HOW TO CO-PARENT
During separation and divorce, co-parenting is a common struggle for many parties. Getting into an initial rhythm and groove is difficult, and there may be periods of time wherein civility and conflict ebb and flow.
Here are some basic guidelines for co-parenting that lawyers generally like clients to follow in anticipation of litigation:
Communicate with the other parent.
The first step to co-parenting is communicating effectively and politely. Pertinent matters regarding the children should be communicated within twenty-four hours, unless a medical emergency occurs, then communication should occur as soon as possible.
Communicating in writing is recommended to track what was communicated when. That said, each family functions differently, and if phone calls work better, go with what works best.
Communication is simple to implement and a good place to begin improving if communication is currently suffering. A co-parenting counselor may be necessary if you are unsure how to begin improving communication.
Consider the child’s best interests.
If you are unsure what the right decision is when faced with a particularly unique co-parenting problem, carefully consider what action would be in the best interests of your child. Sometimes this will require a personal sacrifice and be something that you really would rather not do, but if it is in your child’s best interests, you should do it anyway.
Do not withhold the child from the other parent.
While one of the most difficult parts of the dissolution of a marriage is not having your child in your custody, it is imperative for the child or children that they maintain their relationship with their other parent. If you believe your child will be unsafe in the other parent’s custody, contact The Hopkins Law Firm to discuss the matter in further detail.
Support the child’s relationship with the other parent.
Encourage the child to reach out to the other parent daily via telephone, facetime, text message, etc. Ensure that the child has free access to communicate with the non-custodial parent.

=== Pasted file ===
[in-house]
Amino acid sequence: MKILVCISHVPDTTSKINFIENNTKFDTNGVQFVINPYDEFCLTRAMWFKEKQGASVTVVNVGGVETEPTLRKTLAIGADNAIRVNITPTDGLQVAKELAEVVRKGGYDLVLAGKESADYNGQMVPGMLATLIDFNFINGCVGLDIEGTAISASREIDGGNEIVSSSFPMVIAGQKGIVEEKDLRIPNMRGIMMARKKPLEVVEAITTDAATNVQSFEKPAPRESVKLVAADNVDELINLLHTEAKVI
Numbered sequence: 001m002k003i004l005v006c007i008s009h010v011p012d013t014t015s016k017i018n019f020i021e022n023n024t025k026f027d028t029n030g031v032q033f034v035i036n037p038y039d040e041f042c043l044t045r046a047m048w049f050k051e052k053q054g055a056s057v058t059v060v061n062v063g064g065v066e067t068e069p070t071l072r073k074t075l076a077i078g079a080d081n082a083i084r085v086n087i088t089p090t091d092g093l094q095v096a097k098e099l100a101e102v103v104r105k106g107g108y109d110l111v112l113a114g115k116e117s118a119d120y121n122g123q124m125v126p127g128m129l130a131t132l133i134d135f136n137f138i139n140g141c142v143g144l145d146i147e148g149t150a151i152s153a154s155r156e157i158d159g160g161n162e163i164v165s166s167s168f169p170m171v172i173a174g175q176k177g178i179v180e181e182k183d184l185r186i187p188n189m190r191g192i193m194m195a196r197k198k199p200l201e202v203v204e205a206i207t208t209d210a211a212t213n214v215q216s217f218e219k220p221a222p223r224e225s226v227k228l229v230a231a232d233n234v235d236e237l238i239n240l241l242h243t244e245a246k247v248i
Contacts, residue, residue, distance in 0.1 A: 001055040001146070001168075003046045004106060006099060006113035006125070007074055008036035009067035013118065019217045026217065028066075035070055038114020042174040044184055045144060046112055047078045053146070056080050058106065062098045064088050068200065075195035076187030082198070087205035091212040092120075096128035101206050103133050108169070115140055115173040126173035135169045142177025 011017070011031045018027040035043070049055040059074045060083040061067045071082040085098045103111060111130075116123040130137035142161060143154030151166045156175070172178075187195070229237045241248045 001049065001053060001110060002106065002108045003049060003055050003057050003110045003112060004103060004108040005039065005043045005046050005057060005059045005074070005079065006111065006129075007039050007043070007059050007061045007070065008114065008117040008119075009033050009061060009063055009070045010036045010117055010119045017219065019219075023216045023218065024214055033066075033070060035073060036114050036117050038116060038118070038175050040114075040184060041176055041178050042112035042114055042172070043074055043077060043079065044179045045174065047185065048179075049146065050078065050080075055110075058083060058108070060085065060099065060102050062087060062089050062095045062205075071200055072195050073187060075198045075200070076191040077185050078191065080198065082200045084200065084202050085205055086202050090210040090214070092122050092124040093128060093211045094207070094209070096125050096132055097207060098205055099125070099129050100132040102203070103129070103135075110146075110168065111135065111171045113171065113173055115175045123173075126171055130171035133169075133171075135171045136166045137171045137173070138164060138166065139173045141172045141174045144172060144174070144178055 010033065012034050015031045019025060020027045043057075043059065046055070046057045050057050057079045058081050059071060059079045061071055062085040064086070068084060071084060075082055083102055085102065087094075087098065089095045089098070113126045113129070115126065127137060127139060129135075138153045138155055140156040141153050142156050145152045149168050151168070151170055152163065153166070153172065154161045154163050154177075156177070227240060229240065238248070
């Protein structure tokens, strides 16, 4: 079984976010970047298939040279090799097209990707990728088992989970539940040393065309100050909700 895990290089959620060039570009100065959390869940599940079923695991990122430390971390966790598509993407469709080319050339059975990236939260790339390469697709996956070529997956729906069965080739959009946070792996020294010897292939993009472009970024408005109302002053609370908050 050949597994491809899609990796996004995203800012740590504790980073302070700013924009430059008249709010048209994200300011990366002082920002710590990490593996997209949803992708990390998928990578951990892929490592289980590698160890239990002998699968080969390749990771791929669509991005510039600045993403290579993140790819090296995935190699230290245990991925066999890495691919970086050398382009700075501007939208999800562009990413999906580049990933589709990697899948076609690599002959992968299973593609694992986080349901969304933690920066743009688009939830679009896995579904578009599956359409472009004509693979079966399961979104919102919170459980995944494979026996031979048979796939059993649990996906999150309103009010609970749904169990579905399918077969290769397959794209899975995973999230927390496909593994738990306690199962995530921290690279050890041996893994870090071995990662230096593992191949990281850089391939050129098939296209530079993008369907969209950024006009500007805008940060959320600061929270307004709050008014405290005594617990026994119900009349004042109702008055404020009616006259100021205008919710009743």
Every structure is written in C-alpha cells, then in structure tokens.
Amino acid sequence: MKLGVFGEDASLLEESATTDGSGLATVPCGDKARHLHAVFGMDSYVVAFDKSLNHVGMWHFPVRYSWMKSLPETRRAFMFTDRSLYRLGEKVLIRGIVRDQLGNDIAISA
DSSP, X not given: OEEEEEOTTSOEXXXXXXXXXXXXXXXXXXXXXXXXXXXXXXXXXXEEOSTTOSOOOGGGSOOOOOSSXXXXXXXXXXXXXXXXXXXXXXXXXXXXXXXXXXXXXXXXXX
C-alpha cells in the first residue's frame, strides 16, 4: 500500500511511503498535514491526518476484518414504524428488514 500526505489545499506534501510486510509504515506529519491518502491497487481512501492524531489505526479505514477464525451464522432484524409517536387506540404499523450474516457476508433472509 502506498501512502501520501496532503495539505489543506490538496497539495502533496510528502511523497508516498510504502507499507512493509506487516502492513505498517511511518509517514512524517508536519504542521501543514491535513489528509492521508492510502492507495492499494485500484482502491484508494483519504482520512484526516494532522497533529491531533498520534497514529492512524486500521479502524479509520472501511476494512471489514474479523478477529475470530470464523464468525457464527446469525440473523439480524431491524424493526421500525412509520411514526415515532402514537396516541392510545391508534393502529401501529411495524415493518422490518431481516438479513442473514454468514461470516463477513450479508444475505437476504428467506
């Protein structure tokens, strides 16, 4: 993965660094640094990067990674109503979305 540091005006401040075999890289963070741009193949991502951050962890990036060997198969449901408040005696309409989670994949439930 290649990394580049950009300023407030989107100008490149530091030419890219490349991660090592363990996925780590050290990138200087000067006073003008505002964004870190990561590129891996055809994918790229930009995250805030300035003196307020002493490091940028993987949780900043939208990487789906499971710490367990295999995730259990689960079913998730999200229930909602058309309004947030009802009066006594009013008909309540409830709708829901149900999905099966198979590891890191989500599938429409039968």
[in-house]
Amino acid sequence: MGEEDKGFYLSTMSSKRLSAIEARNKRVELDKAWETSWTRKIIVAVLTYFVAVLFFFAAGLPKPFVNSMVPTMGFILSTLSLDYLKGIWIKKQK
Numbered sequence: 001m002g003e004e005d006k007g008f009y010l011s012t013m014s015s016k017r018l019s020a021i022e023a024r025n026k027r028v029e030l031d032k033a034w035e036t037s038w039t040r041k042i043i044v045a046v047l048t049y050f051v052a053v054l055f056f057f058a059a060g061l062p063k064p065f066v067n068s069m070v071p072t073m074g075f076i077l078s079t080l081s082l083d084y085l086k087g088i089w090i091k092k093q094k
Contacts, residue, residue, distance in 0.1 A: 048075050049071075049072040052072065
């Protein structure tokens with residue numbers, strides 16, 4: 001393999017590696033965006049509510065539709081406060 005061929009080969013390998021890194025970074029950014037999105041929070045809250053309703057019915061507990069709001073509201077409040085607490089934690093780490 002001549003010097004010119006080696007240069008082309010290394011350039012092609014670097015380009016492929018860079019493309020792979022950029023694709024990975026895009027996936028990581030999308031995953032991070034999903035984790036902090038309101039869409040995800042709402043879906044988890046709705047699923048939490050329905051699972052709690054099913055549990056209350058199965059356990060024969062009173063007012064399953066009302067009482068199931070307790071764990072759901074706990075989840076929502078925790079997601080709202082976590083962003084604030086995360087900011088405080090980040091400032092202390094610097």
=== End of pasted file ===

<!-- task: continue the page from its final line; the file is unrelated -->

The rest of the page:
Support the child’s education.
When the child is in your custody, ensure that any schoolwork is completed. Communicate grades, and what subjects are the child’s strengths and weaknesses to the other parent. Coordinate arranging a tutor if necessary.
Support the child in extracurricular activities.
Always take opportunities to ensure that the child feels support by both parents during extracurricular activities and events. This could mean attending an event, game or recital and sitting near the other parent so that when the child looks over they easily see both of you there supporting them. This also prevents your child from losing focus on their event, as they will not have to search the audience to find both parents.
Be mindful during adult conversations.
Should you discuss any other adult matter such as separation, divorce, custody, support, or the other parent, be mindful of any child’s proximity and ability to overhear the conversation. Further, ensure that third parties do not discuss such matters in the presence of the children to prevent these matters being inadvertently communicated to them. Even if your child is not in the room, if another child is, consider that this child might communicate to your child what was being discussed.
Do not undermine the other parent.
Some parties may choose to institute the same rules in both of their homes to provide consistency between households. While you do not have to do that unless you want to, it is your duty not to undermine the other parent. Be cognizant of the way you communicate with your child regarding their other parent’s rules to maintain respect and a positive relationship between all of you.
Co-parenting positively is always important for the sake of the children involved, however, it becomes crucial when litigation is on the horizon.
Michelle Hopkins and her team know that every family has unique needs and they are ready to help you with yours. The Hopkins Law Firm team has experience with initial determinations of custody and modifications of existing custody arrangements. Please call 571-248-2210 to make an appointment to discuss your child’s custody today.